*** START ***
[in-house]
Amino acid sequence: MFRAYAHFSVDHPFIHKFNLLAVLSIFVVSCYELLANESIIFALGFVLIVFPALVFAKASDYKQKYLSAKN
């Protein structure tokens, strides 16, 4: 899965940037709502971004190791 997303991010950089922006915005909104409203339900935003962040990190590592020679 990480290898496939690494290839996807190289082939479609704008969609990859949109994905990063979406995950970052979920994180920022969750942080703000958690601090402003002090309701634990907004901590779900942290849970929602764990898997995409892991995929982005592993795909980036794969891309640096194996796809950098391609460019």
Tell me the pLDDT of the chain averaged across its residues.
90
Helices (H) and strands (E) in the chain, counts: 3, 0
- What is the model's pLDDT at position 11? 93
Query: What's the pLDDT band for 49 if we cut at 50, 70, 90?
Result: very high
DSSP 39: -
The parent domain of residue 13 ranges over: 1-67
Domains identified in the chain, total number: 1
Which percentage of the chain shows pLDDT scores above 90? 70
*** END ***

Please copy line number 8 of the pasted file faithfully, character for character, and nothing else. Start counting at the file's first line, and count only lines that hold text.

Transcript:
Query: What's the pLDDT band for 49 if we cut at 50, 70, 90?